The most common serious problems older dogs deal with include cancer, heart disease, kidney disease, liver disease, crippling arthritis, and senility. In cats, cancer, kidney disease, heart disease, diabetes, and thyroid disease top the list. It’s important to look for the early warning signs of these life-shortening diseases. Equally important is to report them—as soon as possible—to your veterinarian. Waiting until your pet’s next wellness examination may be too late.
Pets age much the same as we do, but at an accelerated rate. (For a comparison, see the chart above.) In order to offset this faster aging process and detect potentially serious age-related diseases and conditions at the earliest stages, most veterinarians recommend that healthy senior dogs and cats be examined every six months. Scheduling these regular wellness exams is one of the most important steps you can take to keep your senior pet healthy. Why? Because the earlier your pet’s health or behavioral problems are detected, the more options you and your veterinarian have to either cure them or slow their progression.
During these visits, your veterinarian will ask age-specific questions and perform an age-appropriate physical examination, looking for conditions common in older pets. To get a full assessment of your pet’s overall health, the doctor may also run tests including blood, urine, and thyroid diagnostic screening.
Finally another important component of these senior well-care visits is education. Your veterinarian will teach you important information about your senior pet’s health. For example, you might learn about preventive care such as dental cleanings and special foods, as well as ways to manage any health issues that do arise.
Caring for your senior pet also means making appropriate changes to its home environment. As the owner of an elderly pet, you should address two important household issues: safety and comfort. Older pets are less agile and nimble than they were in their youth, and they don’t always realize it. As a result, they’re more likely to fall down the stairs, out of a car window, out of the truck bed, or, if small enough, through balcony railings. An ounce of prevention here is worth a huge pound of cure. Therefore, it’s best to avoid putting older pets in potentially dangerous situations—even those situations that didn’t seem dangerous in years past.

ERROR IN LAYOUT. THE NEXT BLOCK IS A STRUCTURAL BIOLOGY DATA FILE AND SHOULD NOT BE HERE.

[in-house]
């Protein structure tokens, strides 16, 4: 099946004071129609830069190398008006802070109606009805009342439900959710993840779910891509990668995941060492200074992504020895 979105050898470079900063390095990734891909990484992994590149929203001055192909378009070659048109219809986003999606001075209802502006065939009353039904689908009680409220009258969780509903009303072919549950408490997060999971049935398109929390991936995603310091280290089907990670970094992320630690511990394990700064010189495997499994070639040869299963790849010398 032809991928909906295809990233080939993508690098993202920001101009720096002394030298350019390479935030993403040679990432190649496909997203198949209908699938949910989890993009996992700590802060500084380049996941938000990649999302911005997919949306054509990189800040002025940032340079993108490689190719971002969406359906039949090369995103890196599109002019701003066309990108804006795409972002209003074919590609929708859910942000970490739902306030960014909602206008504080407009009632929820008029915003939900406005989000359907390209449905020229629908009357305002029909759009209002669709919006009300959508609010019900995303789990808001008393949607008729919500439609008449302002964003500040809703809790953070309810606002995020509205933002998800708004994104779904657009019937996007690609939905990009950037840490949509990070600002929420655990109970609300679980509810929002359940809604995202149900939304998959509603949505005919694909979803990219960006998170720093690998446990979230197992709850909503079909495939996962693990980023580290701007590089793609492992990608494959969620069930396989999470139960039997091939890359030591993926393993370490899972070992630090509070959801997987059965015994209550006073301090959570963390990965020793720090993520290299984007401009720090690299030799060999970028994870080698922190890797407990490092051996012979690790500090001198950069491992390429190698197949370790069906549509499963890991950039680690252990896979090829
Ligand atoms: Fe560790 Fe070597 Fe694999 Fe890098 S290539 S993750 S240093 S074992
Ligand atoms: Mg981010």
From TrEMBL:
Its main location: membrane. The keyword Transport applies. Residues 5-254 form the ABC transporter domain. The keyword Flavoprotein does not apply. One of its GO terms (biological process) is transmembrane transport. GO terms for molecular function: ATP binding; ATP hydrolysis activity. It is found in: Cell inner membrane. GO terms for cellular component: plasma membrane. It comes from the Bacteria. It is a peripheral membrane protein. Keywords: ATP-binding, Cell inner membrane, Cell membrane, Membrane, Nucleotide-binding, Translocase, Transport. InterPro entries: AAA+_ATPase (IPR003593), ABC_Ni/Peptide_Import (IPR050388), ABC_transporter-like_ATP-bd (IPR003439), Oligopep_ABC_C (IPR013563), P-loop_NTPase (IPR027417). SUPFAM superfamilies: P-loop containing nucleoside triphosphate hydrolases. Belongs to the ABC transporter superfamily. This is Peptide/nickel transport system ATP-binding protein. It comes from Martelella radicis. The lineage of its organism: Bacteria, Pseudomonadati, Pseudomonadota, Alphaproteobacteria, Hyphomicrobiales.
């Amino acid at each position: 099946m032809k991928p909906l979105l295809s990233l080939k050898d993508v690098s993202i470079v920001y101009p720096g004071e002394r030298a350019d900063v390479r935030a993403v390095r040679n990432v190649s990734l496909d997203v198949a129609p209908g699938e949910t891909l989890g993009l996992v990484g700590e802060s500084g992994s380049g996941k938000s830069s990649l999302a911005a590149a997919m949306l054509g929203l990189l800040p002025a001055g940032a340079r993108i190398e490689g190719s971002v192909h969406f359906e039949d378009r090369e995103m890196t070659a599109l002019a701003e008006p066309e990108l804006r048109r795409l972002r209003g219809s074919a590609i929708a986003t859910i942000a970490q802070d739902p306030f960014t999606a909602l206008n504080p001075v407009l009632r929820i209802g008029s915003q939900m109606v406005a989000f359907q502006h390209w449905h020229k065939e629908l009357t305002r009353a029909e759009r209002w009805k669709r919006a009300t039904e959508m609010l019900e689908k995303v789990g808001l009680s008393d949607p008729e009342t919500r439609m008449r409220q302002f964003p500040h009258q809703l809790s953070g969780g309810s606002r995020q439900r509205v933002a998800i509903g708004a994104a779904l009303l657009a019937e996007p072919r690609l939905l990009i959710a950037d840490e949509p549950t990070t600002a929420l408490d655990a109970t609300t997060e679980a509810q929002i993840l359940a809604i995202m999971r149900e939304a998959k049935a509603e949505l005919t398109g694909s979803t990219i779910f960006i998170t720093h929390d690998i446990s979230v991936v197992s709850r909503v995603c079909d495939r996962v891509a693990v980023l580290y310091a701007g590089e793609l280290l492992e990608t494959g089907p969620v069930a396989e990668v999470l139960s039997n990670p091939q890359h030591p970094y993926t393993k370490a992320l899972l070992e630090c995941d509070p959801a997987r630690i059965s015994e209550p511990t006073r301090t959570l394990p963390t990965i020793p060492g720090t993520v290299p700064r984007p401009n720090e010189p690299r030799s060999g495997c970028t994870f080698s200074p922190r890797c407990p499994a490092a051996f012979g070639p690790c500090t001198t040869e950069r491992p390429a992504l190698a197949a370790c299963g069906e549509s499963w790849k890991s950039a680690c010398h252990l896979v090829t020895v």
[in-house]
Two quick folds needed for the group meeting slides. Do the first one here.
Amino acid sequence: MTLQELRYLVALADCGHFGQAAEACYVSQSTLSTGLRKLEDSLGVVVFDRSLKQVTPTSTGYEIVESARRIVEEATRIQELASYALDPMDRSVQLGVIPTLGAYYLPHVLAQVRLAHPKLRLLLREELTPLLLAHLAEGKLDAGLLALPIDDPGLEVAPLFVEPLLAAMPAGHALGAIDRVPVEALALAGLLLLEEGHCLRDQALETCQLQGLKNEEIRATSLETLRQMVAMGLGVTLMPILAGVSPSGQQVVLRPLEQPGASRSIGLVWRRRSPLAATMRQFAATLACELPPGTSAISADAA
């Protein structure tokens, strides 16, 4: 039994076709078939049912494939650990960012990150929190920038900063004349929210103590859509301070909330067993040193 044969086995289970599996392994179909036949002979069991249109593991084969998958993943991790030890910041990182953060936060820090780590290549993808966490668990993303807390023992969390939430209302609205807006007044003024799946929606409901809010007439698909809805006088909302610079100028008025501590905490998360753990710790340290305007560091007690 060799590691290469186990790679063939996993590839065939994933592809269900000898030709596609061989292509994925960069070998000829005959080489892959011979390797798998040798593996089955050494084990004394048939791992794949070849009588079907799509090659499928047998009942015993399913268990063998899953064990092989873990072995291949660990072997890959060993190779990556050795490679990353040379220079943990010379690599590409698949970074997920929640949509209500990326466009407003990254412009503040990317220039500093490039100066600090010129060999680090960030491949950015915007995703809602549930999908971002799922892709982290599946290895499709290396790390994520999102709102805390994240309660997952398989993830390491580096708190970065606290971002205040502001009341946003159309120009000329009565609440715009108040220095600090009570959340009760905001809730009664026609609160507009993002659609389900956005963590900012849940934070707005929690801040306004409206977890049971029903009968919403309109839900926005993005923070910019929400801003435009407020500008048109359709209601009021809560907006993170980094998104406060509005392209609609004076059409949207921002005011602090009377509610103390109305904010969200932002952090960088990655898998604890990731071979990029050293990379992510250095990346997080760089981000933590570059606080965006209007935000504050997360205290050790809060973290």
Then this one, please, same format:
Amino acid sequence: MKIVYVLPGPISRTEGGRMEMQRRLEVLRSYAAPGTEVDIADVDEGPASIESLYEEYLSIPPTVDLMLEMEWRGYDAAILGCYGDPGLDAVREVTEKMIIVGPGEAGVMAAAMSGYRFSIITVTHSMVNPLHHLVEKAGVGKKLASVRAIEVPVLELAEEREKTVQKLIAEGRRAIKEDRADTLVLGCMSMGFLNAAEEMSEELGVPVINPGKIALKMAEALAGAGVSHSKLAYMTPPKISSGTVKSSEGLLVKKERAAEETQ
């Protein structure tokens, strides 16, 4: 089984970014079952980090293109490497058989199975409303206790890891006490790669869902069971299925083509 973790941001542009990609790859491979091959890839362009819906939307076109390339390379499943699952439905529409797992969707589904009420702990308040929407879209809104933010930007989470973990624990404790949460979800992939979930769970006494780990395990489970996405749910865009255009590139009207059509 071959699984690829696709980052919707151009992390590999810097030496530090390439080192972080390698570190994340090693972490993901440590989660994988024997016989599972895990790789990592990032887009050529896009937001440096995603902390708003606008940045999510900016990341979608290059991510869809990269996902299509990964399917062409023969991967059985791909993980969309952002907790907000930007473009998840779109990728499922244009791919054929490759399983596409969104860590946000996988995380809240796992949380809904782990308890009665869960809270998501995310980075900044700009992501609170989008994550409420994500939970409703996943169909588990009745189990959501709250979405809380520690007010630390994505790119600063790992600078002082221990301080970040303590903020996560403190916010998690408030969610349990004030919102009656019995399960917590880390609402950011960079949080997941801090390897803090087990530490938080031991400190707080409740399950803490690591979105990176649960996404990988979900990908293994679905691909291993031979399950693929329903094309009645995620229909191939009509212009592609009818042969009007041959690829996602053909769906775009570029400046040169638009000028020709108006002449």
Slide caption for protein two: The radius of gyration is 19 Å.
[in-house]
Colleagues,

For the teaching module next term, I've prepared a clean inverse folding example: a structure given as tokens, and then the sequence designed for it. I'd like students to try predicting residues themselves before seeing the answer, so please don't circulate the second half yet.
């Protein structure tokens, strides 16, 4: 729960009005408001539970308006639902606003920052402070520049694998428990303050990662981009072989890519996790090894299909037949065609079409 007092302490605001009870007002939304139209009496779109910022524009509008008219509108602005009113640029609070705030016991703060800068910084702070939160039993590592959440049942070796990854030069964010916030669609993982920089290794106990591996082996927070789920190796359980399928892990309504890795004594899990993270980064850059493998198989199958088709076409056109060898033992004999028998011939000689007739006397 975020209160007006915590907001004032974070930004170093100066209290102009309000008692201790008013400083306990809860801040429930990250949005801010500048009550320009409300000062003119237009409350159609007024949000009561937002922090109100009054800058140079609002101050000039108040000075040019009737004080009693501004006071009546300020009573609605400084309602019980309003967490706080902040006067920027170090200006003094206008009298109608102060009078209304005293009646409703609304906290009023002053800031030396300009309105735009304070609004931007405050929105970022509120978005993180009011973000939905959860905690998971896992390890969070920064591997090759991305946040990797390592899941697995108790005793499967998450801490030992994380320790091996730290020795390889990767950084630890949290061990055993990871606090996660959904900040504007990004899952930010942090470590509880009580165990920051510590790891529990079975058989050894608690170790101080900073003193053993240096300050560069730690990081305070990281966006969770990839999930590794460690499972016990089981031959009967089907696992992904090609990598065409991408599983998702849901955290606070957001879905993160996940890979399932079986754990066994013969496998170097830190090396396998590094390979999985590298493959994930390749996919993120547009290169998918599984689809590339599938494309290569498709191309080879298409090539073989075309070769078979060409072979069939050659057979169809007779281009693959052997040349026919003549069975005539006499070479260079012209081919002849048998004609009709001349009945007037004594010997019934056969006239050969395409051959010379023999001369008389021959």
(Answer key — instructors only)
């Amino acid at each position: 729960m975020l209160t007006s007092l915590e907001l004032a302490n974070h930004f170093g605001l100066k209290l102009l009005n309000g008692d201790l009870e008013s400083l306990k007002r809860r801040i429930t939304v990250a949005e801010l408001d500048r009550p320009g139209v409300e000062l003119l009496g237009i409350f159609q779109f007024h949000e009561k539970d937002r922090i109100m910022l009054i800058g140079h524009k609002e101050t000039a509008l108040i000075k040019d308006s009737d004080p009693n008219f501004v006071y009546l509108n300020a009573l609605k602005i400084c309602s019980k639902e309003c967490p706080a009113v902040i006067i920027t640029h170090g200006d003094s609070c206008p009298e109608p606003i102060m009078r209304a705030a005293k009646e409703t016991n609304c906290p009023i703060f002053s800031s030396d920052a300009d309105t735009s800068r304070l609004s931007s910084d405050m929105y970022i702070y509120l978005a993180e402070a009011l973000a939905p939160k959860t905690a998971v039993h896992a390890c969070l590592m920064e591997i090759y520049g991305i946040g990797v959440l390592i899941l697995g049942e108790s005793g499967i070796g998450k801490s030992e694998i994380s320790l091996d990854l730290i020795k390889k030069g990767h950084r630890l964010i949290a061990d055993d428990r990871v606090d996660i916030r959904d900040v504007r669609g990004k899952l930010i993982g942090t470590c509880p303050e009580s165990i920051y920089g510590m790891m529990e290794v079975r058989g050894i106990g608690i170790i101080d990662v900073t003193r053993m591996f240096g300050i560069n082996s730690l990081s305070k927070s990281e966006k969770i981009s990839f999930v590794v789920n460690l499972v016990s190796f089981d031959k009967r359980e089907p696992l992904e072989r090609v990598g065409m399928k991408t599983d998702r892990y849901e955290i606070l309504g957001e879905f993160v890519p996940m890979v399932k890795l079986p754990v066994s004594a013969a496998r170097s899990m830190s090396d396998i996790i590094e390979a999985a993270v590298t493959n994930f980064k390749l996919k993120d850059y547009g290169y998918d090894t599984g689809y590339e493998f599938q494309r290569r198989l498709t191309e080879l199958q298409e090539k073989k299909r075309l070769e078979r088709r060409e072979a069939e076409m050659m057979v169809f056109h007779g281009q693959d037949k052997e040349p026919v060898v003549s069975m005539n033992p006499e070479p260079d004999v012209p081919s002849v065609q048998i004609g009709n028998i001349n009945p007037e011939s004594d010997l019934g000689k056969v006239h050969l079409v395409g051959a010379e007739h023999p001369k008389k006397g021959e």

Concerning comfort, there are several areas where you might want to take action. Older dogs and some cats often have difficulty jumping on or off furniture. Larger dogs often have difficulty getting in or out of cars. Whether the problem is arthritis, muscle weakness, or decreased vision, the easy solution is setting up a set of carpet-lined steps or a ramp. (For large dogs that are too heavy to lift in and out of the car, a properly positioned ramp works wonders for the dog—not to mention the owner’s back.) Commercial stairs and ramps can be obtained from most pet shops or pet supply catalogs. Ask your veterinarian for suggestions that will help your pet with its particular health challenges.
Senior pets are just starting their golden years. By giving them the special care and attention this life stage calls for, you can help ensure they’ll be healthy and happy for years to come.
Watch for These Signs of Illness
Even though older pets can’t talk, they will tell you when they’re not feeling well. How? By exhibiting certain signs of disease. If you notice any of the following, contact your veterinarian to discuss whether your senior pet should make a visit to the veterinary practice.
- Changes in weight (especially weight loss)
- Decreased appetite or lack of appetite
- Increased water consumption
- Changes in elimination patterns (urine or stool)
- New lumps or bumps or swellings—or changes in existing ones
- Persistent cough
- Difficulty breathing or breathing heavily or rapidly at rest
- Sudden collapse or bout of weakness
- Difficulty climbing stairs or jumping
- Foul mouth odor or drooling
- Seizure, convulsion, or fit